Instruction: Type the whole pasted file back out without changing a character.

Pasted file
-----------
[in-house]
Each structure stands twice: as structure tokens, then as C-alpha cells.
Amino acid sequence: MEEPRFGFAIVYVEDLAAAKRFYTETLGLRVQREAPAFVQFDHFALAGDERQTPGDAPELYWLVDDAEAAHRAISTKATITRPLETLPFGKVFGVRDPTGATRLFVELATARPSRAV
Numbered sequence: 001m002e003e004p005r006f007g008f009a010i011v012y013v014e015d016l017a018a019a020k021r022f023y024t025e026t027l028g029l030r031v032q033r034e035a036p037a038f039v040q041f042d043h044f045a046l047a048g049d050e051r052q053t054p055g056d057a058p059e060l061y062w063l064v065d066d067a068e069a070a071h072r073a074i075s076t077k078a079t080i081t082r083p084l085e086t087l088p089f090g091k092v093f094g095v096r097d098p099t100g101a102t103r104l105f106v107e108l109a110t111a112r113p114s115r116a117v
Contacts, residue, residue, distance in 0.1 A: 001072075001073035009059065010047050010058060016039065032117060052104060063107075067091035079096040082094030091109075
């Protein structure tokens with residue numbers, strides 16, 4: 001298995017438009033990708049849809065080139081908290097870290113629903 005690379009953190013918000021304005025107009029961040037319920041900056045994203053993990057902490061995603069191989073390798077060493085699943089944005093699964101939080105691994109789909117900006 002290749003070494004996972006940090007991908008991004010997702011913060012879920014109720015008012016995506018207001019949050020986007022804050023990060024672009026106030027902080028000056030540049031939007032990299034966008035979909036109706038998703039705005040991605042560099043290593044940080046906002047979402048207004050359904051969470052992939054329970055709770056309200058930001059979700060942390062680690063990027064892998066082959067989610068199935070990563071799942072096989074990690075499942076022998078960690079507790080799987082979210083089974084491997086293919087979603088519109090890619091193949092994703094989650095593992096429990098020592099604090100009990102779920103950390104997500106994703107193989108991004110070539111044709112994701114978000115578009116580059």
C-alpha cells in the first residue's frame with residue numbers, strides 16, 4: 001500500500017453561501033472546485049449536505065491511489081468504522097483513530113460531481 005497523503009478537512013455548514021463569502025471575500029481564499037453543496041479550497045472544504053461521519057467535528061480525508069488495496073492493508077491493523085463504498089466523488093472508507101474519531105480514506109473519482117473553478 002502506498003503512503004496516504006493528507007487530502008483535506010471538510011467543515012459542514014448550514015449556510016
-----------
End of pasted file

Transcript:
[in-house]
Each structure stands twice: as structure tokens, then as C-alpha cells.
Amino acid sequence: MEEPRFGFAIVYVEDLAAAKRFYTETLGLRVQREAPAFVQFDHFALAGDERQTPGDAPELYWLVDDAEAAHRAISTKATITRPLETLPFGKVFGVRDPTGATRLFVELATARPSRAV
Numbered sequence: 001m002e003e004p005r006f007g008f009a010i011v012y013v014e015d016l017a018a019a020k021r022f023y024t025e026t027l028g029l030r031v032q033r034e035a036p037a038f039v040q041f042d043h044f045a046l047a048g049d050e051r052q053t054p055g056d057a058p059e060l061y062w063l064v065d066d067a068e069a070a071h072r073a074i075s076t077k078a079t080i081t082r083p084l085e086t087l088p089f090g091k092v093f094g095v096r097d098p099t100g101a102t103r104l105f106v107e108l109a110t111a112r113p114s115r116a117v
Contacts, residue, residue, distance in 0.1 A: 001072075001073035009059065010047050010058060016039065032117060052104060063107075067091035079096040082094030091109075
């Protein structure tokens with residue numbers, strides 16, 4: 001298995017438009033990708049849809065080139081908290097870290113629903 005690379009953190013918000021304005025107009029961040037319920041900056045994203053993990057902490061995603069191989073390798077060493085699943089944005093699964101939080105691994109789909117900006 002290749003070494004996972006940090007991908008991004010997702011913060012879920014109720015008012016995506018207001019949050020986007022804050023990060024672009026106030027902080028000056030540049031939007032990299034966008035979909036109706038998703039705005040991605042560099043290593044940080046906002047979402048207004050359904051969470052992939054329970055709770056309200058930001059979700060942390062680690063990027064892998066082959067989610068199935070990563071799942072096989074990690075499942076022998078960690079507790080799987082979210083089974084491997086293919087979603088519109090890619091193949092994703094989650095593992096429990098020592099604090100009990102779920103950390104997500106994703107193989108991004110070539111044709112994701114978000115578009116580059």
C-alpha cells in the first residue's frame with residue numbers, strides 16, 4: 001500500500017453561501033472546485049449536505065491511489081468504522097483513530113460531481 005497523503009478537512013455548514021463569502025471575500029481564499037453543496041479550497045472544504053461521519057467535528061480525508069488495496073492493508077491493523085463504498089466523488093472508507101474519531105480514506109473519482117473553478 002502506498003503512503004496516504006493528507007487530502008483535506010471538510011467543515012459542514014448550514015449556510016